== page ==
2017 Creative Challenge: Revealing My Process
My process intentionally wanders from photograph to drawing, to collage, to assembled sculpture. The various combinations of methods, practiced over years, inspires invention and curiosity each time I step into the studio. It keeps me coming back for more.
For 2017 I will be creating 24 pieces of art: twelve drawings and twelve mixed media sculptures. I will be sharing how I make these pieces through video (scroll to the bottom of this page) and photographs. These will show my process from inspiration, to drawing, to digital composition, to mixed media assemblage.
Inspired by the soaring wood storks above me this time of year, I have captured them in a graphite drawing and then translated it to a mixed media piece by layering imagery from an antique anatomy textbook, and adding glass vials with feather and thread on a map covered wood panel. Epoxy resin seals and completes the piece.
The seagulls fly over the James Island connector every morning as I drive to work. They must be following the sunlit river under the bridge. It’s a great way to start my day. Gold leaf was added to the graphite drawing to represent the river. The mixed media piece on the right incorporates a graphic image of the brain overlaid with gold leaf and finished with a layer of epoxy resin. My drawing of the seagulls is one of the image transfer layers beneath the brain.
On a recent kayak trip down Seaside Creek I spotted a lone great blue heron in complete stillness. I have seen these birds throughout the US but often see them fishing in the marshes in my community. I snapped a picture and paddled on. This drawing is based on that photo. I added spartina grass with gold leaf to represent the golden light that morning. After creating the drawing of the Great Blue Heron, I wanted to add in some graphics from my antique German anatomy textbooks. I found some cellular structure drawings that reminded me of what the pluff mud of the marsh may look like under a microscope. There is so much life growing in this habitat and the heron walks gently above it. The gold leaf added to the experience I saw of the morning golden light.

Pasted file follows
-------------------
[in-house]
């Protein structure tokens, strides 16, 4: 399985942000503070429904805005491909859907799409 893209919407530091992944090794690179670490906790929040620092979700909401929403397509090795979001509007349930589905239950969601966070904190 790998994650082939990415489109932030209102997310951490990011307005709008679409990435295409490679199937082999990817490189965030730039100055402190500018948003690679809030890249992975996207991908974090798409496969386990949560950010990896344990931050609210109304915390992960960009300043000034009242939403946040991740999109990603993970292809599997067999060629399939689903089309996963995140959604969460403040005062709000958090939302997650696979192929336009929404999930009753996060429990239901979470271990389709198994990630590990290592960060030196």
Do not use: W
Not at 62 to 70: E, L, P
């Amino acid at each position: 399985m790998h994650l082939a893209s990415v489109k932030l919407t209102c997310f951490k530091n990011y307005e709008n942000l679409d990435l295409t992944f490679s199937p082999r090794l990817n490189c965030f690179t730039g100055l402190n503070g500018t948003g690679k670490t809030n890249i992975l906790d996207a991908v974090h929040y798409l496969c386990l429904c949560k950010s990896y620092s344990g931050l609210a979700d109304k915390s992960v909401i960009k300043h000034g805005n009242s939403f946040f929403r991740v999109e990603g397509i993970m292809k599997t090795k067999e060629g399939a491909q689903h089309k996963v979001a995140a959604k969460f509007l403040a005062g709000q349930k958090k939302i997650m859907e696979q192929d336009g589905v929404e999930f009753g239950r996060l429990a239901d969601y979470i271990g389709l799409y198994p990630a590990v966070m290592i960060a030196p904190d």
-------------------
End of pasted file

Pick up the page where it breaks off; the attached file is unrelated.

A female cardinal was furiously pecking at our windows this month for fear that her reflection was a threat. I sat and drew her flipping about in my window for several days. I then saw her being fed sweetly by her mate. The mixed media piece incorporates an image transfer from an antique German anatomy textbook, a copy/transfer of my original drawing, light molding paste spread through a radial-shaped stencil (look close for this detail), on a map covered wood panel with an epoxy resin varnish.
Purchase “Cardinal on Defense” HERE. Purchase “Flight” HERE.
The calming call of the mourning dove has inspired me for years. I decided to focus on one simple feather for the drawing. I added the circle texture with light modeling paste (Golden products) and then added the gold leaf on the edges. I had seen gold leaf set inside some architectural elements of a church in Charleston which inspired this addition. The mixed media piece seemed to need the hand from the antique anatomy handbooks to go along with three copies of the mourning dove feather. I witnessed a golden sunrise on my way to work and put all three images together to represent the calm that comes with a day of hard work.
Purchase “Mourning Dove Feather” HERE. Purchase “Mourning Sunrise” HERE.
The energetic chirp of the chickadee always reminds me of camping during the summer. Since I have been heading into the woods more this month, the chickadee has been the bird I have been studying. The drawing represents the fluttering action these birds often do in and out of the trees. For the mixed media piece I transferred a copy of my drawing to the map covered wood panel. The image wasn’t strong enough on its own to hold up alongside the map so I added some white paint in the background. Small gold leaf birds balance the composition. Look even closer and you can see small white birds made from modeling paste. Epoxy resin varnish completes the piece.
The crow will be my next subject…
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